classical piano, but you also need to be wealthy enough to have access to a great teacher and

a piano and the leisure to play the... If you're working part-time jobs to help your

family make ends meet, you can't put in the hours necessary to be a classical pianist.

So, I think we have to understand that, hard work is a function of advantages. The ability

to work hard is a function of advantages.

S3: What comes first, I guess, things that are not in your control.

MG: Well, I think they are together. I think that they are linked in some... It differs

from case-to-case.

S3: Thank you.

Speaker 4: Hi Malcolm. I really enjoy your work for ESPN Grantland. I see that you are

listed as a consulting editor. I'm wondering if you've been consulting on the editing for

the site, if you plan on writing for it again soon.

MG: Oh yeah, I have a friend who is a sports writer in America and I do things with him

and he's started this new website. That's what the question's about. I intend to...

In fact, I'm doing something right now for them, but I... It's just a matter of time.

They are sadly not number one on my list of responsibilities and so... But it's a great

environment to write for because if you write for the Internet, you quickly realize you

can say anything you want, which is such a kind of wonderful... And if you read the Internet,

you realize, how true that is that people [laughter] say anything they want.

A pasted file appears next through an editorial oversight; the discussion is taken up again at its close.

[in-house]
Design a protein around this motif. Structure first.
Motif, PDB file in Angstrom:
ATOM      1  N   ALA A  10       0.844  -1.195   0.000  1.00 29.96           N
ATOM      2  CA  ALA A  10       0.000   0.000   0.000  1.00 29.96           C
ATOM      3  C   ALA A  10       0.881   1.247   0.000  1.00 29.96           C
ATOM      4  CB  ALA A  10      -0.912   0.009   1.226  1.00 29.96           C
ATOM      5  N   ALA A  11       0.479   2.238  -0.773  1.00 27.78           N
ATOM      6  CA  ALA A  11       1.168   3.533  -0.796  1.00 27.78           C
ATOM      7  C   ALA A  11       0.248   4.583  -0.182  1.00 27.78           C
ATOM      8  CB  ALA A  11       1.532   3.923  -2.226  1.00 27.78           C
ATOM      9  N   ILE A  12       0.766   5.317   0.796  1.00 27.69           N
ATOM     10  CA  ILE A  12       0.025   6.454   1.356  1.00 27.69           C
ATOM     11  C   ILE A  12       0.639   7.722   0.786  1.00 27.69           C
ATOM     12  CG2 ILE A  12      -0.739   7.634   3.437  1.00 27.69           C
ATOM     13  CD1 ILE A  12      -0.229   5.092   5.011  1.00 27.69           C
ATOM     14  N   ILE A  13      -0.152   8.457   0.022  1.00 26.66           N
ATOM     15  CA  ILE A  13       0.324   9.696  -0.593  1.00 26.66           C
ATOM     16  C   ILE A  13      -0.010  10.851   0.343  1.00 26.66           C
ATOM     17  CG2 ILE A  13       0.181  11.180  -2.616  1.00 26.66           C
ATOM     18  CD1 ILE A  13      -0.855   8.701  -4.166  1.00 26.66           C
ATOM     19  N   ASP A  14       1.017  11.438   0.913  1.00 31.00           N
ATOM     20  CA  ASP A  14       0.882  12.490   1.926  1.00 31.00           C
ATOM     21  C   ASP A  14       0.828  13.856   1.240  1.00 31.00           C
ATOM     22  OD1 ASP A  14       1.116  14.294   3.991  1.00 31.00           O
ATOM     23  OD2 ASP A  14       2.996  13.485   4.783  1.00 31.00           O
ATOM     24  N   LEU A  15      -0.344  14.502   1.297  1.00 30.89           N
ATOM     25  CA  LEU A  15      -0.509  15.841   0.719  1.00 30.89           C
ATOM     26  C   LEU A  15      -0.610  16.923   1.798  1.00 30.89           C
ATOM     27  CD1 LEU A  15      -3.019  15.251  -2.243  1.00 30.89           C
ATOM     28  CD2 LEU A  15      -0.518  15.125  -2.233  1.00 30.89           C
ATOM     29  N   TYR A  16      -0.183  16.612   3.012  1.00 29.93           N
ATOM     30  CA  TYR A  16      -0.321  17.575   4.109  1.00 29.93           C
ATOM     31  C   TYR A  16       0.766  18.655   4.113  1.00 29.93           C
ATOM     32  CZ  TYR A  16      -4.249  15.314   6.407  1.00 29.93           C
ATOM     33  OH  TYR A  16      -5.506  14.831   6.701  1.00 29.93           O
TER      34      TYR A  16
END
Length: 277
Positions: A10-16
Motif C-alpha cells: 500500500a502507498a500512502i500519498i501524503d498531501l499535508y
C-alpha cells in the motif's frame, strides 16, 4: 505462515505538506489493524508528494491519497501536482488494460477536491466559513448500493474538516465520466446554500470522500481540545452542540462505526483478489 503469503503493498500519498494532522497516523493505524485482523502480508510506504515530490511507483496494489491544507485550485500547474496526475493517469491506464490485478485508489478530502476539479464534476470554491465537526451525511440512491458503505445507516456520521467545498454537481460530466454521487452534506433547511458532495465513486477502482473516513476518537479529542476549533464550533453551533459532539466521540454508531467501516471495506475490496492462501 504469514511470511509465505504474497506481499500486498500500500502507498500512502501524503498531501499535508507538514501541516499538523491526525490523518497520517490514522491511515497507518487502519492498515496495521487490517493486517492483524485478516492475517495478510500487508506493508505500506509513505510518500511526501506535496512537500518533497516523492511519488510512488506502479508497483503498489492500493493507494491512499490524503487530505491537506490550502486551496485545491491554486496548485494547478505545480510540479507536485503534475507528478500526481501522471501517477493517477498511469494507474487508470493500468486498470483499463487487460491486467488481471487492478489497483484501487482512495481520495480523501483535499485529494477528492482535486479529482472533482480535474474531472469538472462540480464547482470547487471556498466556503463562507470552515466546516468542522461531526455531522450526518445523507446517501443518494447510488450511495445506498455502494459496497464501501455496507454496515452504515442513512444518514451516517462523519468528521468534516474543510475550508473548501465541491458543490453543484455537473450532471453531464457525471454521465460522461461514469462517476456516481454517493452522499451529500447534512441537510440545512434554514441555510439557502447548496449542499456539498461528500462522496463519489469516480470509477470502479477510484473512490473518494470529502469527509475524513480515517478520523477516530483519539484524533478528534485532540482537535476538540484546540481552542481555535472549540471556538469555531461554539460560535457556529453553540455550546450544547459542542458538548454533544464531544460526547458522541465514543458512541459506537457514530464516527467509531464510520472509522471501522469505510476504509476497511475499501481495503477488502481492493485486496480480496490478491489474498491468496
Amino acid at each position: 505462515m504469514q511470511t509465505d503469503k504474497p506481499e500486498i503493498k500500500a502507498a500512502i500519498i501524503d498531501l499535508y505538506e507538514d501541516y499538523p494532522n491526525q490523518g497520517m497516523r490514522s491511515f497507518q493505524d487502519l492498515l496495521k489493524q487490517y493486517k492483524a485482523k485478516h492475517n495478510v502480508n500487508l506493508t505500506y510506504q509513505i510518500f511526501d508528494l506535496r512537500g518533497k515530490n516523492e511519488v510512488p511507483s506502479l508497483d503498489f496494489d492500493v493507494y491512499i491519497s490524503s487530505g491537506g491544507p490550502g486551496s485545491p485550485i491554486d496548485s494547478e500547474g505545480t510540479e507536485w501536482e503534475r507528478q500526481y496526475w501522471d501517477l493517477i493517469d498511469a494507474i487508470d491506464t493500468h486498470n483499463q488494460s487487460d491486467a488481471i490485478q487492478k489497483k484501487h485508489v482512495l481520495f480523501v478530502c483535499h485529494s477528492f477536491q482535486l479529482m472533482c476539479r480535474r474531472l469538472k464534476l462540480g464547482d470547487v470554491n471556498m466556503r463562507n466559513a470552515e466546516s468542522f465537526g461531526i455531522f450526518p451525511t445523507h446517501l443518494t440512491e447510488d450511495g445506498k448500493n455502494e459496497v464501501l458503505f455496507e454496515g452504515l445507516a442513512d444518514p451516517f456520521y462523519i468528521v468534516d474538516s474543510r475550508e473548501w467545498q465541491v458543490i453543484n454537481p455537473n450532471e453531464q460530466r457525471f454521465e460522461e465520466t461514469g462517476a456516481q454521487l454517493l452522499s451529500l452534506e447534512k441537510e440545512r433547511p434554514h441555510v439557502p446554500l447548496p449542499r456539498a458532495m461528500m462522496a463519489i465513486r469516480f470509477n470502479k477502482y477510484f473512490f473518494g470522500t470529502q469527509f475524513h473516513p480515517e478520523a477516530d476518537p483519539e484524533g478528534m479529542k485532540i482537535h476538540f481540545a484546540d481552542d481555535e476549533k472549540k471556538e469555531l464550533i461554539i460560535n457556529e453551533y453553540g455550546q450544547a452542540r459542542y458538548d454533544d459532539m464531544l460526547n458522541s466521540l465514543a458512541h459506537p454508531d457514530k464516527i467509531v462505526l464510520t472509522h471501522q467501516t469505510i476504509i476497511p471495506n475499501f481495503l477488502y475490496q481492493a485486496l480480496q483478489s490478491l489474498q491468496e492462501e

Speaker 5: Hi Malcolm. Oops, I'm short here. What I wanted to know is, how do you, on a

personal level, decompress because your mind's always going overtime? Do you like dream and

then... Ideas and then you wake up or just are you able to just to chill, take it easy

and not think so much.


MG: I'm not like this all the time. This was unusual. I mean, I don't... I always, I don't

really work that hard. [laughter] I don't... I just spend... I just kind of wander around

my neighbourhood. So, I have plenty of time to decompress and also I am... I go running

and I don't put in thing. So like that's my time for thinking and I never I... Its more

of the opposite, I have to find ways to look for stimulation as opposed to find ways to

decompress. I think of... When I look at normal peoples' lives, I feel like they are... I

can't imagine how they deal with all of that stimulation. Going into an office, people

talking to you all day, just seems to me kind of overwhelming. I used to go in the office

and I stopped going because it's like, there were so many people. It was... Even going

up in the elevator, it was just like, "Oh my goodness!" [laughter] They come in waves.

Like planes over O'Hare as I like to say. But I'm so... My life is quite quiet.

EW: But you have started going on tour. Like you take "Malcolm Gladwell Live on Tour,"

you did about a year or two... A couple of years ago.

MG: Yeah, but those are...

EW: For public speaking and in theatres, not just the...

MG: Yeah I like public... Public speaking is a different matter because it's... Well,

you, if you're giving a talk, you decide what you're gonna to talk about and it's time limited.

You know, it's all over in 40 minutes, right? So, it's like, it's not open ended, like sometimes...

And it's a... And you get... It's people are seeing you at your best, right? 'Cause you're

prepared and you've thought about what you're saying. So, it's a very different experience

than the kind of unruliness of normal social contact.


S5: Mr. Gladwell, you've got a lot of practical information, you know a lot about winners

and losers, and what makes great entrepreneurs. So, what I would really like to know is how

do you go about picking stocks?


MG: Well, I know nothing about them. I have a friend who is an investment person, and

I often ask her for advice, and she refuses to give me any advice.

EW: As she wants to be your friend.

MG: She... That's well... So, she essentially says, "Just put it under a mattress". [laughter]